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Swapping front sprockets
I have a Mongoose XR-75 that is in very nice shape...except for the FRONT 3-sprocket set (chainwheels?). Some teeth are worn out on the two largest sprockets. Chain looks good. I have replacements (from another bike-same model), and I am ready to swap them out.

While I am a pretty good (auto) mechanic, I haven't done this particular job before, and I'm not exactly sure how to go about it. It appears that the sprockets are held on with hex screws. Right? Looks like a fairly easy process...but is it? Is there a tutorial here at the site that covers this bike?

Thanks for any suggestions someone could give!!
If the chain rings are already worn you will definitely need to replace the chain and the cassette, too. Never ride a chain so long that it "stretches" (well, the pins / plates, the joints wear and this "stretches the chain) this much.
Swapping out chain rings is easy, just the hex screws, as you expected. Most chain rings (the modern ones) need to be installed in the correct direction, there are ramps and pins and stuff on it to make shifting smoother, so check that before you swap them out. Tighten the screws bit by bit and ... dunno how to say that in English... criss-cross? So never two adjacent screws directly after another - like on cars (wheels, engine, whatnot). There is a special tool to hold the nut, basically a very wide bladed, angled screw driver with somthing to center it on the blade. It is hard to achieve the desired torque without it. It costs someting like 10 bucks or less.
The chain and cassette (the whole rear tire and derailleur) were the first parts I swapped out. Just wasn't sure about doing the front sprockets. The parts already swapped were in good shape and I only rode the bike once since then (maybe 1/4 a mile), so I doubt the chain was damaged.

So I just remove the guard and then the hex screws. I suppose I could use a wide blade screwdriver on the nuts. What is the desired torque?
Ok. Sometimes people will not do that (actually, quite often). So: good work so far!
The torque depends on the crank set, the manufacturer has (sometimes) info on it, but Alex made a list with the most common parts:
The screwdriver would need a blade about ... dunno, 2cm wide (or so) and fairly "sharp", just take a look at the frameward side of the assembly. If you can find some sheet metal lying around you can try making your own tool. I found that the card slot covers from old computer cases almost fit, I had to make the edge a bit narower. Basically bikes are easy to work on, most of the stuff can be understood by looking hard at it and using your experience - like how to tighten parts that have several screws, what to grease, etc. Ah, talking of: I like using one of the lighter types of Locktite on the chain ring bolts, some grease on almost all other screws.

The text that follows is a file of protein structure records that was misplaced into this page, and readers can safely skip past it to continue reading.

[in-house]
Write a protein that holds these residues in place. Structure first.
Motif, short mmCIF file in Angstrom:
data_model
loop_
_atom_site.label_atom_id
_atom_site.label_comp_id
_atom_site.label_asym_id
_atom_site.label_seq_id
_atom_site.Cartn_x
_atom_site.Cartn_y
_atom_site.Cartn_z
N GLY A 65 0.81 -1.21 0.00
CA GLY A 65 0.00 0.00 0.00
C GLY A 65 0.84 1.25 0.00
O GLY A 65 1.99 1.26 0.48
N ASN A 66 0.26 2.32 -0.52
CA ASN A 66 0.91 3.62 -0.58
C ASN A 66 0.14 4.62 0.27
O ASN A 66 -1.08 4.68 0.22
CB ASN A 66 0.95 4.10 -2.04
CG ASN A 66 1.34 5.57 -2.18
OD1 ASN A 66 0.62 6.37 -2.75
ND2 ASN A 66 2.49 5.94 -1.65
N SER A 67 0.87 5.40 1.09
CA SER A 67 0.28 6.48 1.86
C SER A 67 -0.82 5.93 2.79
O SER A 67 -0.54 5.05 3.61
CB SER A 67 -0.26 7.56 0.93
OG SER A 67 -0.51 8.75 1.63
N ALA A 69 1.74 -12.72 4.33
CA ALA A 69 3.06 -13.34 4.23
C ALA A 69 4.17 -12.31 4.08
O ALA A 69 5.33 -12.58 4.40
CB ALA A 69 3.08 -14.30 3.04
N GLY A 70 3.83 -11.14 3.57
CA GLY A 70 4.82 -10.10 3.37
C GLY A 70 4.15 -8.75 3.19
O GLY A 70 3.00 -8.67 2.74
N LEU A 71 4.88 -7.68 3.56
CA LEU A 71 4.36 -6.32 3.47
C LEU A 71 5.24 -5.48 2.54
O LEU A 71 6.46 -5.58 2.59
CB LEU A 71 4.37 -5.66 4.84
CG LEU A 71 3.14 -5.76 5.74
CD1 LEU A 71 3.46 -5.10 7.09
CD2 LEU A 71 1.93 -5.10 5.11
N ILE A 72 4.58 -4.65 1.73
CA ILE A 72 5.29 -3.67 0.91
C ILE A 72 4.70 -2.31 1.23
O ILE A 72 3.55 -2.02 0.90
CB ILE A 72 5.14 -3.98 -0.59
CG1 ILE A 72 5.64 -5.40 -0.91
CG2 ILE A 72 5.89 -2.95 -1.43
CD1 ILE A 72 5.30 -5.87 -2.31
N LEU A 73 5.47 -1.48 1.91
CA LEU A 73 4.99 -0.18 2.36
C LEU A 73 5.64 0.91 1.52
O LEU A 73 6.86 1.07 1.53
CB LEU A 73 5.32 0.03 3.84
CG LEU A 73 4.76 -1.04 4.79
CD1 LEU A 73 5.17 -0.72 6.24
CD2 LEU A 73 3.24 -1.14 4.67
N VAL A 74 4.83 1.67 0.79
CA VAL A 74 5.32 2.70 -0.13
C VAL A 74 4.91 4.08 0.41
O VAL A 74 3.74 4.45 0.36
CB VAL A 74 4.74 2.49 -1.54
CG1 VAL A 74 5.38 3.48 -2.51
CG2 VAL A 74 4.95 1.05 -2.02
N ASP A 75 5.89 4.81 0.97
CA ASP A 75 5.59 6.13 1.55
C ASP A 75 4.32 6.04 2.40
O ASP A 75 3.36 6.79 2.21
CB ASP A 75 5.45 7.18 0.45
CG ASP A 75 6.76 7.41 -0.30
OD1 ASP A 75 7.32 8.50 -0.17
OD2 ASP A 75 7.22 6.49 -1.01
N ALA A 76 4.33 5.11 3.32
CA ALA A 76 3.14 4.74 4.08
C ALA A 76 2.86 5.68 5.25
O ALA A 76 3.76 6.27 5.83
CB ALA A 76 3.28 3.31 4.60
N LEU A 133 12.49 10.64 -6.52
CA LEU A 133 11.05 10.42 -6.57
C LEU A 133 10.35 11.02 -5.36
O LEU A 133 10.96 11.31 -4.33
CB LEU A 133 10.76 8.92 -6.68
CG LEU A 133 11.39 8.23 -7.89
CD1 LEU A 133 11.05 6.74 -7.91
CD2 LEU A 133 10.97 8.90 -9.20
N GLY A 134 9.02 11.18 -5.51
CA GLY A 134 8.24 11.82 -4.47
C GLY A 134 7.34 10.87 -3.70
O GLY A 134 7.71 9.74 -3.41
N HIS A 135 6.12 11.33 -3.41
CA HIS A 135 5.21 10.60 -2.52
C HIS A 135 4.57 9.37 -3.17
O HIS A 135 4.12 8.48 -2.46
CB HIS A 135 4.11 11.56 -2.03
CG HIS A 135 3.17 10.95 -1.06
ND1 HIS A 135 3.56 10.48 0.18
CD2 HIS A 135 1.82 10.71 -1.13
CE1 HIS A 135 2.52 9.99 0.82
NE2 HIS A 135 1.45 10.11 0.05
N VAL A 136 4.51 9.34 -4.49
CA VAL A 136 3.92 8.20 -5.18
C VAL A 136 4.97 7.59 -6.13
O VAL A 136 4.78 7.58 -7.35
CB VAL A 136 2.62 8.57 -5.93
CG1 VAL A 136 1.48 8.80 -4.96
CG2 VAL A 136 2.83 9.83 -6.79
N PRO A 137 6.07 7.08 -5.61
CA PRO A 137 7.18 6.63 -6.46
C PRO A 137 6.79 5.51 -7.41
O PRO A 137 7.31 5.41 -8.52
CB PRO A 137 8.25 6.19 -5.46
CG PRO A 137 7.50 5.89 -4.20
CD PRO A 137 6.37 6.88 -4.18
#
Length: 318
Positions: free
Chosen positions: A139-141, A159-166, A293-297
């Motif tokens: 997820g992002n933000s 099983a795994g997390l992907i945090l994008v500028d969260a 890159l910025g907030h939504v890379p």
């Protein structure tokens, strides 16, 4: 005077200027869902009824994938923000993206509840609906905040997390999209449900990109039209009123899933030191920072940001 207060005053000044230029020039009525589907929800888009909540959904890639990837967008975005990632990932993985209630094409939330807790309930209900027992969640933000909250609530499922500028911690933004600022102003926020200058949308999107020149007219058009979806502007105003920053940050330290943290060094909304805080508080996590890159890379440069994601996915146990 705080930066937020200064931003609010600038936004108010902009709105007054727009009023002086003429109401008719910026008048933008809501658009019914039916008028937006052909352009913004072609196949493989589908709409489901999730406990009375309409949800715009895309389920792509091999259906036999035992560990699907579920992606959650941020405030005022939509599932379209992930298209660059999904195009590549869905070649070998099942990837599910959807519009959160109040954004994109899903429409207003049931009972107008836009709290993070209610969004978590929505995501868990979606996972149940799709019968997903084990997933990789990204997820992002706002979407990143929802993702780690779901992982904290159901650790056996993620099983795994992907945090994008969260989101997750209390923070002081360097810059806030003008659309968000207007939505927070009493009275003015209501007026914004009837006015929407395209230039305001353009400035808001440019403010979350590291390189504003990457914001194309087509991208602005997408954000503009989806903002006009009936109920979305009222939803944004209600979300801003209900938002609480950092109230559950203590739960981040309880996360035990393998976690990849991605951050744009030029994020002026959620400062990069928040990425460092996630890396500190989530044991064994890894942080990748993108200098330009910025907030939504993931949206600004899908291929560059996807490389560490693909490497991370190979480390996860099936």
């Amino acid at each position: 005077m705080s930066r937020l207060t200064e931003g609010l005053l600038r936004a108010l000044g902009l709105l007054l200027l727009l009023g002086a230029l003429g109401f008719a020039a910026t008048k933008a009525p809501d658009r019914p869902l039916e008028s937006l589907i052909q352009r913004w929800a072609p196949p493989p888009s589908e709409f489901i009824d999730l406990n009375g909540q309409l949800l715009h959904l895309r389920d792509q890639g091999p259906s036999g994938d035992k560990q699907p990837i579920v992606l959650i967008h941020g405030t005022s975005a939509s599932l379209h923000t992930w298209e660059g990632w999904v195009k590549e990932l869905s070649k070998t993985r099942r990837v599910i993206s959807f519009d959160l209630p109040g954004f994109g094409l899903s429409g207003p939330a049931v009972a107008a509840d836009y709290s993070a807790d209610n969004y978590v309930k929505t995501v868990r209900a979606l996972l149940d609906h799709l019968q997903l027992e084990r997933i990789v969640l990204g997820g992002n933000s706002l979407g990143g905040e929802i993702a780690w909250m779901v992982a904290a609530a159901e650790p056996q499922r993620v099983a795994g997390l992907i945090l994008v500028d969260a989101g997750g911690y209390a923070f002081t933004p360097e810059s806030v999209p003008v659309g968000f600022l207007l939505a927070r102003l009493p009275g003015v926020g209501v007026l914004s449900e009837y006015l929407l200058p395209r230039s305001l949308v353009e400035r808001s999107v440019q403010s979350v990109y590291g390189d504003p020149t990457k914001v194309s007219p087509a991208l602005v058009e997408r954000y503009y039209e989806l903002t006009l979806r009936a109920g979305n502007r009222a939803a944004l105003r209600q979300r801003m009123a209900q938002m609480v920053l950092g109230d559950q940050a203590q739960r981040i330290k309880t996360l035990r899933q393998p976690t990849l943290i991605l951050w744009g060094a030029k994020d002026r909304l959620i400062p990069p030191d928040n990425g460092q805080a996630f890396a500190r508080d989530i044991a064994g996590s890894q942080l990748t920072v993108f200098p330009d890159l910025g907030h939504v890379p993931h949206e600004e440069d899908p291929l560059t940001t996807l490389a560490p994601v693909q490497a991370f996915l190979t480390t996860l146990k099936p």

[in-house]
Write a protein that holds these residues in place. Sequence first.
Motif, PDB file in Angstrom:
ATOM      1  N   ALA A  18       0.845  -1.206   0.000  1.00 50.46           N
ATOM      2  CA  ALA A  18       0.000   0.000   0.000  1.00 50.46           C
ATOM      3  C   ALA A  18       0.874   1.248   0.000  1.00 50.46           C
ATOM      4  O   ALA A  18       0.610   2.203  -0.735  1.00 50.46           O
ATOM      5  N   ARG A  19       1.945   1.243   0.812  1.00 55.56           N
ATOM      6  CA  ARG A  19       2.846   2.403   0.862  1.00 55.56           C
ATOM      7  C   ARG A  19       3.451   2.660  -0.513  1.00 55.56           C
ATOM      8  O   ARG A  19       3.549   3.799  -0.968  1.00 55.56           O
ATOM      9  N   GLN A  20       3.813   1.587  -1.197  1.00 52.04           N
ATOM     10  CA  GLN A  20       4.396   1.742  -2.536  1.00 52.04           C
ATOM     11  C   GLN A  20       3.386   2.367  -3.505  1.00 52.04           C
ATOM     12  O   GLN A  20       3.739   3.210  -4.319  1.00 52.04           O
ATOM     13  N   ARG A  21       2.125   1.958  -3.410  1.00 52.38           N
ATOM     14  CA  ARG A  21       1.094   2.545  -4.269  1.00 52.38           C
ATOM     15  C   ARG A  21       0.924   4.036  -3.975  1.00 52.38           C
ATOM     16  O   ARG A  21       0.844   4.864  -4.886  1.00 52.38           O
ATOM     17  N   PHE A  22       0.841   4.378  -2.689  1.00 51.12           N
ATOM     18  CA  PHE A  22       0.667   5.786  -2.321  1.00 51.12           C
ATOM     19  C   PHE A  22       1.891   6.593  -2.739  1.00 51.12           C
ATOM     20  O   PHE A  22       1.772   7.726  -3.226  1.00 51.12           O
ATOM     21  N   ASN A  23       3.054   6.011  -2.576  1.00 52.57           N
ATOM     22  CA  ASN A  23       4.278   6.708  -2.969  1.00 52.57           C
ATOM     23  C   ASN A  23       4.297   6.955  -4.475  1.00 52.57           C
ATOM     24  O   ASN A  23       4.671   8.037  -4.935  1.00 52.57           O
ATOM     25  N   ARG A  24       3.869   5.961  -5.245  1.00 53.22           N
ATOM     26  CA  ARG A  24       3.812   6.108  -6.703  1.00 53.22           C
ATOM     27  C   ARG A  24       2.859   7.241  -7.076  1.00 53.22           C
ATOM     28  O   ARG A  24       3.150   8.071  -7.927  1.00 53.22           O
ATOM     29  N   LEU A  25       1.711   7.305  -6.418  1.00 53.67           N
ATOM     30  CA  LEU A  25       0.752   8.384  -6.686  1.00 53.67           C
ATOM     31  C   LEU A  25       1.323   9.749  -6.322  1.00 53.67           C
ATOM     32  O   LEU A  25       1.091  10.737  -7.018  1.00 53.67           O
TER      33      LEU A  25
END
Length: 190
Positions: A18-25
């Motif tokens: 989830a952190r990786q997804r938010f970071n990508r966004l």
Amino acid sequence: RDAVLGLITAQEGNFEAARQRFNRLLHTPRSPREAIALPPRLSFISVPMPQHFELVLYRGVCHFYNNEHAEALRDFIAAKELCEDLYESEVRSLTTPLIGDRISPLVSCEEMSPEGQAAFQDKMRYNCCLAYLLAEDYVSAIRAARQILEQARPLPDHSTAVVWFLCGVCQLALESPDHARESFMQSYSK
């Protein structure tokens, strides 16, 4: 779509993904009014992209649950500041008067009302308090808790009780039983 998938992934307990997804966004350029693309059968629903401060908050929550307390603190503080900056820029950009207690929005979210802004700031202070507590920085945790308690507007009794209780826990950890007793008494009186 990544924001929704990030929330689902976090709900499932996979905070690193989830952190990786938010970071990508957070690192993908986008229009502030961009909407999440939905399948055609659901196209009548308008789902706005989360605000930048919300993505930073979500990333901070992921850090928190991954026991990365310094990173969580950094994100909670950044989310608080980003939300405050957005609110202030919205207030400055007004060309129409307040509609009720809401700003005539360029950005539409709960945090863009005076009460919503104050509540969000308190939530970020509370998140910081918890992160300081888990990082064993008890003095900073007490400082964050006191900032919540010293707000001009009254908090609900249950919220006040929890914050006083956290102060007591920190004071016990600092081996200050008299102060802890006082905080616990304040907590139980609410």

(12-19-2013, 11:14 PM)dtpolk3 Wrote:  Some teeth are worn out on the two largest sprockets.
It's unusual for "some" teeth on a chainring (front sprocket) to be worn. If the teeth you are referring to are shorter than others, or have ridges on the inside (and sometimes small "pins" nearby) those are actually design features to improve shifting. You may want to check the excellent sheldonbrown.com site for pic and explanation.
I guess he wants to swap them out because he is having troubles after replacing chain and cassette, so he should likely do that. As all of it comes from the same donor bike it should work.
It is extremely unusual for chainwheels to wear out. As he only said some teeth were worn, rather than he was having a specific problem, it's premature to say he should go ahead. Also, chainwheels from different cranksets cannot necessarily be interchanged, as the "bolt circle" may be a different diameter. and even the entire right crankarm may not be compatible, as different bikes can take different spindle lengths in the bottom bracket.

As for the torque question, that's just silly on chainwheel bolts - you tighten them firmly, like most nuts/bolts. The tool to hold onto the back portion is readily available and cheap, probably available at a local shop, but one can take an old screwdriver with a wide, thin blade and grind a recess in the center portion if the bolt sticks through the nut too far.
[Image: cf714391bc7e3d063e5ccbda1a8b87369632687f_800x700.jpg]
I would like to see pics, I did not know that low end of a bike even had replaceable chainrings. Any one I have had the misfortune to work on was steel arms, stamped steel riveted rings. What he needs is a crank puller and a good eye to align the rear derailluer when setting it all up
There are two kinds of people in the world, "Those who help themselves to people, and those who help people!"
We do need pics of what he thinks is wear, as well as an explanation of what problems, if any, he is having with the chainwheels. Then solutions can be determined. The rear derailleur would have nothing to do with replacing the chainwheels.
"The rear derailleur would have nothing to do with replacing the chainwheels."
Never said that at all.I was referring to " a good eye to align the rear derailluer when setting it all up"
It does have to do with making the bike shift as nice as it can.
here are a couple pics of a crank that came off a bike like that, but since they have been around awhile it may not be like the Op's
As riveted as they come, no teeth designed for shift points
There are two kinds of people in the world, "Those who help themselves to people, and those who help people!"

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